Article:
As a graphics artist, game developer and video dude I come into contact with a lot of different hardware. I value quality but I’m not too keen on spending money for unnecessary features. I am also a big fan of open source software and generally try to support the underdogs whenever it is feasible.
After working with my Wacom Graphire4 Classic XL for at least 6 or 7 years, I decided that it was time for a new drawing device. Owning a Wacom Cintiq was a big dream of me for years but even at times when I had the money I was reluctant to buy one because of the steep price. But – oh lucky me – not long ago Cintiq-like devices by other manufacturers finally popped up and last month I decided to order one. After some research I decided to buy Yiynova’s MSP19U+. It is a 19″ pen digitizer monitor and I ordered it at yiynova.eu.
BTW: Yiynova also has a 22″ device in their line of products but I wasn’t sure if I needed the larger drawing area of that device so I saved around 200€ and opted for their 19″ device.
Feel free to write questions in the comments section below this post or use the contact form on my website. I may even update the article.
[First Version: October 28th 2014]
[Second Version: February 1st 2015, updated driver information and added an Illustrator example]
Why do I need a pen digitizer?
I was hoping that I could draw larger strokes with more precision and that I would be able to lean on my drawing area – the inverse position I had with my Graphire4 where I lumped in my chair and kinda scribbled in my lap. But in the end it comes down to saving time because I won’t have to correct as many strokes as before.
I also wanted to try out if the additional pressure levels (2048 compared to 512 of my old Wacom tablet) bring something new to my drawings.
Was it worth it?
Short answer: Yes. The device saves me a lot of time and drawing has become more fun for me. It’s worth every cent.
Long answer: Not everything is perfect. Read the rest of this blog post.
Let’s go into detail
Now that you know that this review will turn out positive I can go into some details of the device. Keep in mind that I’m not in a position to compare the device to Cintiqs. It’s my first digital drawing tablet with a screen and I can only compare it to my old Wacom Gaphire4.
The device has a resolution of 1440×900 Pixels, which is pretty low by today’s standards but it still suffices to work precisely. The main drawback of the low resolution is that you can’t have to many UI elements on this screen before it feels cluttered. But depending on the program you’re drawing in this can become a non issue. I prefer Krita which has a very minimal interface focused on drawing and it never feel like my screen is cluttered.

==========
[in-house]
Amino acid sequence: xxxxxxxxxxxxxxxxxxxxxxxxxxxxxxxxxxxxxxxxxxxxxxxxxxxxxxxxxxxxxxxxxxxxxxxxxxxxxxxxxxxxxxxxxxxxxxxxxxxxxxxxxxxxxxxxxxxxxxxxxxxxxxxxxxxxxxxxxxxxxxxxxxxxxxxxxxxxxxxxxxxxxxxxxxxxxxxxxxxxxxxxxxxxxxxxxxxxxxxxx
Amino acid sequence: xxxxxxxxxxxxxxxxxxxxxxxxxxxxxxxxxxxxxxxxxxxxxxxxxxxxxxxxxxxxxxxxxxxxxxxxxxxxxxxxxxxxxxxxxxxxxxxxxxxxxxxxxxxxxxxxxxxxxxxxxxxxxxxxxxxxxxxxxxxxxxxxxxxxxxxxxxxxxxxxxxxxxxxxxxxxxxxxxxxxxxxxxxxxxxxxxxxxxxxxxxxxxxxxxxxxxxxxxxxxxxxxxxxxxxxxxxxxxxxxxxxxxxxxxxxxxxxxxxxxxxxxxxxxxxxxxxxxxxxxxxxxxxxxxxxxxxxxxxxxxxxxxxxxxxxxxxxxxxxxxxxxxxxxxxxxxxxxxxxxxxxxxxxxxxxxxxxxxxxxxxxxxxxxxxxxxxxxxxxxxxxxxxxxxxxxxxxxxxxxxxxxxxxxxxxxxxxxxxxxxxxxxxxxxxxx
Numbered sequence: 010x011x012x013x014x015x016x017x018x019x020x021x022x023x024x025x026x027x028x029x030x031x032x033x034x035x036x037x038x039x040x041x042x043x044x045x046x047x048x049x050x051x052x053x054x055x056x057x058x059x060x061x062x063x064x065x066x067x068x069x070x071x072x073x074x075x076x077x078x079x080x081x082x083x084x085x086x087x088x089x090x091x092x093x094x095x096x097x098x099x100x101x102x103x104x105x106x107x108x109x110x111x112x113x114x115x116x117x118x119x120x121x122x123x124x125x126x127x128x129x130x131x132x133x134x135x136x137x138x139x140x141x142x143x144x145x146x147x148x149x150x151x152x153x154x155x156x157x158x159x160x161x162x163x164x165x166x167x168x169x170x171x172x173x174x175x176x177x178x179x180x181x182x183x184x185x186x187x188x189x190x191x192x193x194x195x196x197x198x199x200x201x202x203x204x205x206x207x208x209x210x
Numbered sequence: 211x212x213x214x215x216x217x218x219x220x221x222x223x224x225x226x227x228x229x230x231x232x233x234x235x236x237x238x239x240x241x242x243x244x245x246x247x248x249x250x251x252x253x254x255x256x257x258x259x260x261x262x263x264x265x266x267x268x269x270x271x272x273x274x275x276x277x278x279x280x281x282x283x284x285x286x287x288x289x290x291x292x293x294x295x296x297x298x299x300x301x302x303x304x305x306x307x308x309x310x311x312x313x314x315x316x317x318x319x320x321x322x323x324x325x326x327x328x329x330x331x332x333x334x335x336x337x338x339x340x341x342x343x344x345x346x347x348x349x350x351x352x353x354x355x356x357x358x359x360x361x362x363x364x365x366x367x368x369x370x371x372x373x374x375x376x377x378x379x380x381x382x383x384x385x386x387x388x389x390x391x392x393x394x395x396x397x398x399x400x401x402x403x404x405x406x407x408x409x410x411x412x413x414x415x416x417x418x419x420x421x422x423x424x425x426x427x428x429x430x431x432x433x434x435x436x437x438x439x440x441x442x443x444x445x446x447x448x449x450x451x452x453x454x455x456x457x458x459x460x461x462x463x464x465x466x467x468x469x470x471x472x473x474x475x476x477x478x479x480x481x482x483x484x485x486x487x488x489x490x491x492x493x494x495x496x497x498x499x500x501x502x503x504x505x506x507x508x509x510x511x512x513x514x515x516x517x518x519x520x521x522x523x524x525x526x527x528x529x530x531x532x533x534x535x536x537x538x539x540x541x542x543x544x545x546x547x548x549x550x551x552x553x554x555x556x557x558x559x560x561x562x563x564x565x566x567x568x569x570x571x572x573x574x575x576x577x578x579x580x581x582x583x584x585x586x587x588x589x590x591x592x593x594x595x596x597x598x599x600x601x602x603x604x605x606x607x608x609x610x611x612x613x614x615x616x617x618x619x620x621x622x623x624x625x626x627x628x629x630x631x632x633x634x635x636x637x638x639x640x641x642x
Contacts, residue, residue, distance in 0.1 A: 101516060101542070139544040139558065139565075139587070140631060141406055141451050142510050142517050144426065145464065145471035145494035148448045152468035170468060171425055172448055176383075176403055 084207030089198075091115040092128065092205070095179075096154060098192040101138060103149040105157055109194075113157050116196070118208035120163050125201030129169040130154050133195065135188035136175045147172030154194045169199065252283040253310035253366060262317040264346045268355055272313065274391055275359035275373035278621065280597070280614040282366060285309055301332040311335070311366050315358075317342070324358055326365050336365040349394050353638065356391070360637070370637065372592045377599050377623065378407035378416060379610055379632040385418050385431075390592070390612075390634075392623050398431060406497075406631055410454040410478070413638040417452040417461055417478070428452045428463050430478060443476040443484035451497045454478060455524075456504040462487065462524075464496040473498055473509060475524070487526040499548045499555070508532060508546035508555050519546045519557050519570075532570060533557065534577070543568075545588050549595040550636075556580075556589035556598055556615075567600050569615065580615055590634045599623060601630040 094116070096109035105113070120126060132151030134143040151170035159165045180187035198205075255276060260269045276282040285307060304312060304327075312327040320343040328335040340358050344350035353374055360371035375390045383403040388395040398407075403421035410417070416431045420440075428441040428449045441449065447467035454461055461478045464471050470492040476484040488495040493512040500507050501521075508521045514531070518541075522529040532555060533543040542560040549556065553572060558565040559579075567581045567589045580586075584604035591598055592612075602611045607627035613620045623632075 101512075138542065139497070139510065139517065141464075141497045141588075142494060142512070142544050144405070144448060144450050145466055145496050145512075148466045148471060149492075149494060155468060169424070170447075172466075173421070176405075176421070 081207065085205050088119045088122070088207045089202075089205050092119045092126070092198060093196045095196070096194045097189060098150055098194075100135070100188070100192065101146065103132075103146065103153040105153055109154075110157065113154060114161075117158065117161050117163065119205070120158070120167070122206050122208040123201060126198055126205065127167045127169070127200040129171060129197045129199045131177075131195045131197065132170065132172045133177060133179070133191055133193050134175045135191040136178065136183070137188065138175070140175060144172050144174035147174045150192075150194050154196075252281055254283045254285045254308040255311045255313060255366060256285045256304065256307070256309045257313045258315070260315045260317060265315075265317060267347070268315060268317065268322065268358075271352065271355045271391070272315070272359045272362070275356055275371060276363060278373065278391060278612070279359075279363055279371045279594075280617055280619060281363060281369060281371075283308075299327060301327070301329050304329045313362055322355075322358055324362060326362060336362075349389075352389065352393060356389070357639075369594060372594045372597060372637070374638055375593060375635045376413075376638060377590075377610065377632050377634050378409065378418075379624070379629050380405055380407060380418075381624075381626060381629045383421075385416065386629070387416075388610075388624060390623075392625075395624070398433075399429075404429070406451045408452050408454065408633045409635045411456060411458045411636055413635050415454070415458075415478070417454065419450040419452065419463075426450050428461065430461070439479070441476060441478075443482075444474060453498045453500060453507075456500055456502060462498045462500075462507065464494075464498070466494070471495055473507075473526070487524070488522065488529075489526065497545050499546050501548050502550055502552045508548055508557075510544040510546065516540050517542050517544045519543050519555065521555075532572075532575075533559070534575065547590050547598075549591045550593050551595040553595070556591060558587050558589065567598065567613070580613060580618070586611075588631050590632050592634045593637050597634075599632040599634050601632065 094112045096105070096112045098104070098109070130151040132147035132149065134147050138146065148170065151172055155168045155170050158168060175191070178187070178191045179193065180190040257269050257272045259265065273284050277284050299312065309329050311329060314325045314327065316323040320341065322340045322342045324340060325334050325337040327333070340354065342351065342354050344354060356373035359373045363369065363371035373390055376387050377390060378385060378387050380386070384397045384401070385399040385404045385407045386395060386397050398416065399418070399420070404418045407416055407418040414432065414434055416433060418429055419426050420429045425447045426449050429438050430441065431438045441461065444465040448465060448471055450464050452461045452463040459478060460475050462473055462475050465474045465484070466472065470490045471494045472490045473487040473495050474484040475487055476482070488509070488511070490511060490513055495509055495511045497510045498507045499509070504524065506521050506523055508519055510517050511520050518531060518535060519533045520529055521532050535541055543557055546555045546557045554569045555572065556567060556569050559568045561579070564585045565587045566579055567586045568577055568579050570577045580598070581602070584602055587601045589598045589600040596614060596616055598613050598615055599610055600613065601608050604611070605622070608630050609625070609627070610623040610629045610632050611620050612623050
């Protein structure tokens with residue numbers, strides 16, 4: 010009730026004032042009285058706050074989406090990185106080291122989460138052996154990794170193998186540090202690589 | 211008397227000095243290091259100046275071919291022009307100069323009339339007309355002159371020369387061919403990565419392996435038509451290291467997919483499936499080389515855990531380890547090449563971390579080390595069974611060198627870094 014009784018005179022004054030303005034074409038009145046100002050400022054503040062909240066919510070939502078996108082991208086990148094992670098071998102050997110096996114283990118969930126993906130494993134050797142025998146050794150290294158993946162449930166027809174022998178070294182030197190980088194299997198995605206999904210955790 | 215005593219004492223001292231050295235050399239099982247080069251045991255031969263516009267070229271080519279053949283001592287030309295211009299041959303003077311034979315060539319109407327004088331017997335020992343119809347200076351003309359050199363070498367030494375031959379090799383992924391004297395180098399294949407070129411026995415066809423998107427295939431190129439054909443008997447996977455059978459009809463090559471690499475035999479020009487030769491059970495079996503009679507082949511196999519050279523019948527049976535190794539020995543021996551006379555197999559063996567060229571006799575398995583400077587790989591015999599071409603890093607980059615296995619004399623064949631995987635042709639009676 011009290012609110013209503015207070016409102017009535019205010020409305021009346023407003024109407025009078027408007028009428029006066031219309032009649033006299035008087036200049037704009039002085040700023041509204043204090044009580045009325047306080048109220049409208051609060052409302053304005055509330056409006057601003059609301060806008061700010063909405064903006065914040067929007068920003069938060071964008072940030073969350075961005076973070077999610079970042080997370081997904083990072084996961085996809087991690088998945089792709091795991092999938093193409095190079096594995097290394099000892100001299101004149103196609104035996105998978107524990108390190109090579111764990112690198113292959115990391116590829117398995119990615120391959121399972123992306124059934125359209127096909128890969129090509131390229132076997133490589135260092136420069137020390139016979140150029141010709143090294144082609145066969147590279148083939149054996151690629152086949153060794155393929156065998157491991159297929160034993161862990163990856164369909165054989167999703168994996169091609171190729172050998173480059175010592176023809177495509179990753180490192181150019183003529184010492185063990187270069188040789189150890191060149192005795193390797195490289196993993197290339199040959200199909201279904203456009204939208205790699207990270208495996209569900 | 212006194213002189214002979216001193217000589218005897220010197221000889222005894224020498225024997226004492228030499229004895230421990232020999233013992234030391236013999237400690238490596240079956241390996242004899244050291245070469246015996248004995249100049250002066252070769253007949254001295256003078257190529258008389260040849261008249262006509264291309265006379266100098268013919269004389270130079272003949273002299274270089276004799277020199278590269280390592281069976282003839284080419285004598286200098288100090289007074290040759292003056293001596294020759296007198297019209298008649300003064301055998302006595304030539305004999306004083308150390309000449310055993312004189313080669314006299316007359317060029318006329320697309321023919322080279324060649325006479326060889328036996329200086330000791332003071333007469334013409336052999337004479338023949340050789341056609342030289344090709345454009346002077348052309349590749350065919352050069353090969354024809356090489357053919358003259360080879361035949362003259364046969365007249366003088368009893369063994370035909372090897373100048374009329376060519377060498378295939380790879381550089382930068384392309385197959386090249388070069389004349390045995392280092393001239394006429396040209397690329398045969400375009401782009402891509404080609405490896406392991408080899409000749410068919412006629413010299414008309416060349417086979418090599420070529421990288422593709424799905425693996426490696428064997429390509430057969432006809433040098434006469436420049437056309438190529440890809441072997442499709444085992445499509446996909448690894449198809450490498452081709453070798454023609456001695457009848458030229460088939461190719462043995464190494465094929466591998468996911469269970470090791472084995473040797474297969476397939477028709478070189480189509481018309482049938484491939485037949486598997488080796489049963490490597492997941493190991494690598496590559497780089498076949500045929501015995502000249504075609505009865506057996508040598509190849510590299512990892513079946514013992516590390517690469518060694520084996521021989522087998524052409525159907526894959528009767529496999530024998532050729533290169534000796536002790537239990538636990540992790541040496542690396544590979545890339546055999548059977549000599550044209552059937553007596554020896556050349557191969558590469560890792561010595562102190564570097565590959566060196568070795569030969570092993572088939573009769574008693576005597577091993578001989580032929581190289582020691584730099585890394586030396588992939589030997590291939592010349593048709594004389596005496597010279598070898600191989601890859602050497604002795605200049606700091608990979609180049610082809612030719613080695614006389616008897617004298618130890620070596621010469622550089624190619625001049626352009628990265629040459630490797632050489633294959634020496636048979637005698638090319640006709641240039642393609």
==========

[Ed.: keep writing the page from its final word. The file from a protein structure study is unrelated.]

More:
As you can see on the very first image of this post: the screen is glossy. But I have never noticed this while I was drawing. The smooth surface feels nice while drawing but of course nothing like paper – I got used to this right away, though. I guess the tips of the pen won’t wear off as fast thanks to this.
The distance between the glass and the screen is noticeable and will cause parallax errors. From what I read this is also the case with the more expensive Cintiqs, though. The driver allows to calibrate the pen position so it can take your viewpoint into account, which in theory should cancel the parallax errors. But if you change the position and/or distance of your head you’ll get some parallax errors again. I also found out that I achieved the best calibration results by closing my non-dominant eye when I calibrated the pen position.
The viewing angle of the screen isn’t big but given the low price I find the screen more than acceptable – I mean: You get a huge drawing tablet and a screen for less than 600 Euros (excluding VAT) last time I checked.
I calibrated the colors of the device with my Spyder3 and I’d say they look just the same as on my other screen (let’s say 99% the same).
The device comes with a very solid stand that allows to tilt it from almost flat (I estimate around 10°) to an 85° angle. I didn’t measure it, though. There are two rubber thingies at the bottom of the screen that prevent it from slipping.
The stand is actually mounted on a 75x75mm VESA mount and one of my next investements will an Ergotron LX monitor arm, I guess. As you can see in the photos, the placement of the device on my desk isn’t optimal.
The device has rather short VGA and USB cables. I had to extend both of them to reach from the front of my desk to the back of my workstation, which is under the desk.
And then there’s an A/C adapter, of course. Fun fact: If you only plug in the USB cable (no VGA and no A/C) you can still perfectly use the device as a drawing tablet. Um… this may become important if you really have to conserve power sometimes. 😉